In its decision filed on August 23, 2017, the Supreme Court of the State of New York Appellate Division, Second Judicial Department (“New York Appellate Court”) affirmed the $1 million New York medical malpractice jury award in favor of the plaintiffs in a case involving an undiagnosed perforated colon during a colonoscopy.
The plaintiffs filed their New York medical malpractice case against the defendant physician who had performed a colonoscopy on the male plaintiff, alleging that the defendant failed to advise him regarding the signs and symptoms of a colon perforation following a colonoscopy, and then failed to properly treat the infected perforation after it had been detected in a CT scan. The plaintiffs alleged in their New York medical malpractice lawsuit that as a result of the defendant’s medical negligence, the plaintiff had to undergo a Hartmann procedure in which a foot-long section of his colon was removed, requiring a colostomy, and that he also required a subsequent surgery to reverse the colostomy, and then a third surgery for a hernia repair.
The New York medical malpractice jury found the defendant liable to the plaintiffs and awarded the plaintiffs the principal sums of $600,000 for past pain and suffering and $400,000 for future pain and suffering. The defendant moved to set aside the New York medical malpractice jury’s verdict and for judgment as a matter of law or, in the alternative, to set aside the verdict as contrary to the weight of the evidence and for a new trial, which was denied by the trial court and a judgment was subsequently entered in favor of the plaintiffs and against the defendant in the principal sum of $1,000,000. The defendant then appealed.
The New York Appellate Court Decision
The New York Appellate Court stated that a motion for judgment as a matter of law pursuant to CPLR . . . 4404 may be granted only when the trial court determines that, upon the evidence presented, there is no valid line of reasoning and permissible inferences which could possibly lead rational persons to the conclusion reached by the jury upon the evidence presented at trial, and no rational process by which the jury could find in favor of the nonmoving party. Similarly, a jury verdict should not be set aside as contrary to the weight of the evidence unless the jury could not have reached the verdict by any fair interpretation of the evidence.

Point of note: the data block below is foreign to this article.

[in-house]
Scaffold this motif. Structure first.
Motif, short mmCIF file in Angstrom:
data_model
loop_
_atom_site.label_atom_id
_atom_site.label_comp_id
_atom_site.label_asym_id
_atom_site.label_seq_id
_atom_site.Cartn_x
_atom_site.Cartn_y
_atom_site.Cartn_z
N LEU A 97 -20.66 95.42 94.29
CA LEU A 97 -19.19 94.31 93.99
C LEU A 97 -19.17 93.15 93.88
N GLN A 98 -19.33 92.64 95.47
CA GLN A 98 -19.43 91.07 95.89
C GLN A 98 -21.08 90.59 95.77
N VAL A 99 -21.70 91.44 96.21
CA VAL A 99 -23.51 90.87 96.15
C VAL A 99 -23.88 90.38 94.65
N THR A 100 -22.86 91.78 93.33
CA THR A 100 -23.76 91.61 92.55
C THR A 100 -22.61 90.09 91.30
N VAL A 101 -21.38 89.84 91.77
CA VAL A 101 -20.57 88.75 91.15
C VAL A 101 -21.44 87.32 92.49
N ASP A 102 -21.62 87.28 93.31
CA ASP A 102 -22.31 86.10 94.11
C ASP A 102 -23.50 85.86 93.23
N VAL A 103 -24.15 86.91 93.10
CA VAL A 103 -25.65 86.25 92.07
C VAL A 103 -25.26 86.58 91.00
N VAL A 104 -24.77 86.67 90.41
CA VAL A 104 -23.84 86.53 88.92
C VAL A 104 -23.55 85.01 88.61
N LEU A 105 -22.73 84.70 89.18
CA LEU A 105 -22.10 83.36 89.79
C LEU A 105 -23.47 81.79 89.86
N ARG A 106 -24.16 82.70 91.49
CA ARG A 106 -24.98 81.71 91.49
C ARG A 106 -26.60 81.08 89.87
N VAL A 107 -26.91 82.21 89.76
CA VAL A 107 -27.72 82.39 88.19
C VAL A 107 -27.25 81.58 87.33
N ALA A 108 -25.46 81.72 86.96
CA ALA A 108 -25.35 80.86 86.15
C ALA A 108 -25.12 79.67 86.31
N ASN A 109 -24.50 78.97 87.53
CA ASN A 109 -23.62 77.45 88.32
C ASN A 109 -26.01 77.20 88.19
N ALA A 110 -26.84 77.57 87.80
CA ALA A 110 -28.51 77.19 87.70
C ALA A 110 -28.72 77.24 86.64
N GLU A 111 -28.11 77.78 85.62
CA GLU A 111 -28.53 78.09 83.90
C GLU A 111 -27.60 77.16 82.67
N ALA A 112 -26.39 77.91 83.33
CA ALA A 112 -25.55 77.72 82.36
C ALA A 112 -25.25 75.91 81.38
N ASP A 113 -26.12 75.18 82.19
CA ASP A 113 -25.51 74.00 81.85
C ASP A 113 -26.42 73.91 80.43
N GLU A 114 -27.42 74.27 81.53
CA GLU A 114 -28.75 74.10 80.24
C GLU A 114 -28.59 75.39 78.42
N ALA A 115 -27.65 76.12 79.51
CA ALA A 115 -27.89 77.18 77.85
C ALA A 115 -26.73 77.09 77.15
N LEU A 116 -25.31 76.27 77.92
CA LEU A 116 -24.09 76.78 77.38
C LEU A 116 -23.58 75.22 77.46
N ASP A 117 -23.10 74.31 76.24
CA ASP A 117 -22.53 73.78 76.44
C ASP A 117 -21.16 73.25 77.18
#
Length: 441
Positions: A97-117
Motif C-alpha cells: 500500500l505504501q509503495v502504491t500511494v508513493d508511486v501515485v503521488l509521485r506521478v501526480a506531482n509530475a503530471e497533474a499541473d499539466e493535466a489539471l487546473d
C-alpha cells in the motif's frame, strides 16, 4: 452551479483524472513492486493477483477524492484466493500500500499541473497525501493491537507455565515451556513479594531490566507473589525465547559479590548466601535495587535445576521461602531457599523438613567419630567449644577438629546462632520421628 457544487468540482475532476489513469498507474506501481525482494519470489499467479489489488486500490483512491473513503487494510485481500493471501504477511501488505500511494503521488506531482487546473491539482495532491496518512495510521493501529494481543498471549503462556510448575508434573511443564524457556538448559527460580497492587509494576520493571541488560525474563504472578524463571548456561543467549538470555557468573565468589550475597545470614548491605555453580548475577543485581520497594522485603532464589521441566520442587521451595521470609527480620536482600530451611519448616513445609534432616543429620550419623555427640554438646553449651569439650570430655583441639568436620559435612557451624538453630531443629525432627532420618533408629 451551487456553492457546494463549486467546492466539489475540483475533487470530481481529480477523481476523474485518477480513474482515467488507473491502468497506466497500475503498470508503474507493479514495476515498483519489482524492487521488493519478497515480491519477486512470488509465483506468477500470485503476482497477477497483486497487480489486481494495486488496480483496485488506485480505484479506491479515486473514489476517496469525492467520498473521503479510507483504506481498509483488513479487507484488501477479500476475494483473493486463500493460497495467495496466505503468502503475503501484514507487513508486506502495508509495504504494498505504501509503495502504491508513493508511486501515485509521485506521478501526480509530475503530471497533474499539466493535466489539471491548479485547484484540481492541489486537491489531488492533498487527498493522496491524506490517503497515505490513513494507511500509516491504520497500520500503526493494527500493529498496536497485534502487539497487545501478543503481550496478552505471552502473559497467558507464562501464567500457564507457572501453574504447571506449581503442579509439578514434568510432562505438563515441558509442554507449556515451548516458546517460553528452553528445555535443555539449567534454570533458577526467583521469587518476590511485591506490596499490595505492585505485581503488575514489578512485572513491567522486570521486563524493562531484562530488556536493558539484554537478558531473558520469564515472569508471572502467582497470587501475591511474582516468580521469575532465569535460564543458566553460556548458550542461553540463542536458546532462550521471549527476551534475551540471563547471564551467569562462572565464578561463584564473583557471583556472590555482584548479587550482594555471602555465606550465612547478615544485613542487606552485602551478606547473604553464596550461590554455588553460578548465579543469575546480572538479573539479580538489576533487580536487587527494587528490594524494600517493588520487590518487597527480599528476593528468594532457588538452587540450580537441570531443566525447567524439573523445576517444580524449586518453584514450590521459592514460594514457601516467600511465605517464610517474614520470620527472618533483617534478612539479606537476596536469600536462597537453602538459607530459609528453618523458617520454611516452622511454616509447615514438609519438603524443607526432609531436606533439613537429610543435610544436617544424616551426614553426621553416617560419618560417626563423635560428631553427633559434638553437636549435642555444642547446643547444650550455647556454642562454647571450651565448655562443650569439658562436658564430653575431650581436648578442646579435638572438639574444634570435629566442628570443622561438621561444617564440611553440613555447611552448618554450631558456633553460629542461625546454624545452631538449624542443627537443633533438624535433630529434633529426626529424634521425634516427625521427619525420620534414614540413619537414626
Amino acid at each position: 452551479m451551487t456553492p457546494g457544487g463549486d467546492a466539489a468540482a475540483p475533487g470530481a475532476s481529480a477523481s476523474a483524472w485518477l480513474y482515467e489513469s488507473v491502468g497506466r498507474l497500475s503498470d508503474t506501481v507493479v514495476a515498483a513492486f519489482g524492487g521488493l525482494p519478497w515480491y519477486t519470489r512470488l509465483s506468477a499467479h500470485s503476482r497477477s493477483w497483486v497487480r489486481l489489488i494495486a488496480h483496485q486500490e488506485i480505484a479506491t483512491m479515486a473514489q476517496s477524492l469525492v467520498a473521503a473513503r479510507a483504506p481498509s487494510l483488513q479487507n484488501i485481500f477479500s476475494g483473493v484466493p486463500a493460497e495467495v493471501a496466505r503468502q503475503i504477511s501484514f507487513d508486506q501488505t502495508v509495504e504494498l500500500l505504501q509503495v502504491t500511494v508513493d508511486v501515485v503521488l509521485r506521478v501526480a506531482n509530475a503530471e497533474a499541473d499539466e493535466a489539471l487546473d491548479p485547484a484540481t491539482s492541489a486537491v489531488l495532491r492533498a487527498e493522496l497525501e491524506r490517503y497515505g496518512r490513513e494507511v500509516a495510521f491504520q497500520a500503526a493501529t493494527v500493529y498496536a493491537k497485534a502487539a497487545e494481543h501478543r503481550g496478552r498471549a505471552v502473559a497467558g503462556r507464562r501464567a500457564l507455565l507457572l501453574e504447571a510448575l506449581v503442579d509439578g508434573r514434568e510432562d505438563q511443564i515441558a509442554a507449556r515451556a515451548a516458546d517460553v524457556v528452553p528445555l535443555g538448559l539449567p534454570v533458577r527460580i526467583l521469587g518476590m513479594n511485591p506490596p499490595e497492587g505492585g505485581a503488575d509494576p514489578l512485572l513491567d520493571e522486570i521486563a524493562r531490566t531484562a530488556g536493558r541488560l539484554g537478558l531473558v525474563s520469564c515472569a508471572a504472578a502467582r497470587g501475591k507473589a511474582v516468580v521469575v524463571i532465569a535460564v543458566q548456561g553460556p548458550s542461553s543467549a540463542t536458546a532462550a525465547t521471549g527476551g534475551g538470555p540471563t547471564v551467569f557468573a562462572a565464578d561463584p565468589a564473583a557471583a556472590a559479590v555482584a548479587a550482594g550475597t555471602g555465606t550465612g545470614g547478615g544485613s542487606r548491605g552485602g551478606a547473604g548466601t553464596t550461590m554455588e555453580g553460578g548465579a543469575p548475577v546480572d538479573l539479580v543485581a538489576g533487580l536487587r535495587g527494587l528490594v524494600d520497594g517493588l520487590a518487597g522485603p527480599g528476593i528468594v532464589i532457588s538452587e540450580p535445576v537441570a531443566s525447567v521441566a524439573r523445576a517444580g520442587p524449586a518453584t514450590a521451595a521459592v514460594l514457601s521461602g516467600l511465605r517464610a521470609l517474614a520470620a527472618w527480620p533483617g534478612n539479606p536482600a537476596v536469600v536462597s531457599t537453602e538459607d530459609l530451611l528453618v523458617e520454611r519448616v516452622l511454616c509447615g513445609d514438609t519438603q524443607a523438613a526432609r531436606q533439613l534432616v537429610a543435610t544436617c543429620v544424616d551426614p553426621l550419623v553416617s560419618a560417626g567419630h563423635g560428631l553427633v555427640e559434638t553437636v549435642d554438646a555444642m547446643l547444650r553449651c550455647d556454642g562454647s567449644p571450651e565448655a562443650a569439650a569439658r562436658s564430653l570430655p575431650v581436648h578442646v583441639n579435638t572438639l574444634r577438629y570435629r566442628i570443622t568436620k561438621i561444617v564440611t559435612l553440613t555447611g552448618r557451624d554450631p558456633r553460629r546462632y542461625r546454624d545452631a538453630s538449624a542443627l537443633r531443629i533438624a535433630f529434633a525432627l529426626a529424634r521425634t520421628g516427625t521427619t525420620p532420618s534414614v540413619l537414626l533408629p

The New York Appellate Court stated, “Here, there was legally sufficient evidence to support the jury’s findings that Aronoff departed from accepted standards of medical practice in failing to provide Raymond with written post-colonoscopy instructions and failing to warn him as to the signs or symptoms of which he should be aware. Aronoff also failed to contact Raymond and instruct him to go to the hospital after Aronoff had reviewed CT scan results that revealed a colon perforation. The evidence was legally sufficient to support the jury’s findings that these deviations proximately caused Raymond’s injuries.”
The New York Appellate Court further stated, “Moreover, the jury’s findings were based on a fair interpretation of the evidence and, thus, were not contrary to the weight of the evidence … Since the plaintiffs and the defendants both presented expert testimony in support of their respective positions, it was within the province of the jury to determine the experts’ credibility … and we discern no reason to disturb the jury’s credibility determinations … Furthermore, the amount of damages awarded is primarily a question for the jury, whose determination is entitled to great deference … We find that the amount of damages awarded by the jury for Raymond’s past and future pain and suffering did not materially deviate from what would be reasonable compensation.”
Source Gaspard v. Aronoff, 2017 NY Slip Op 06258
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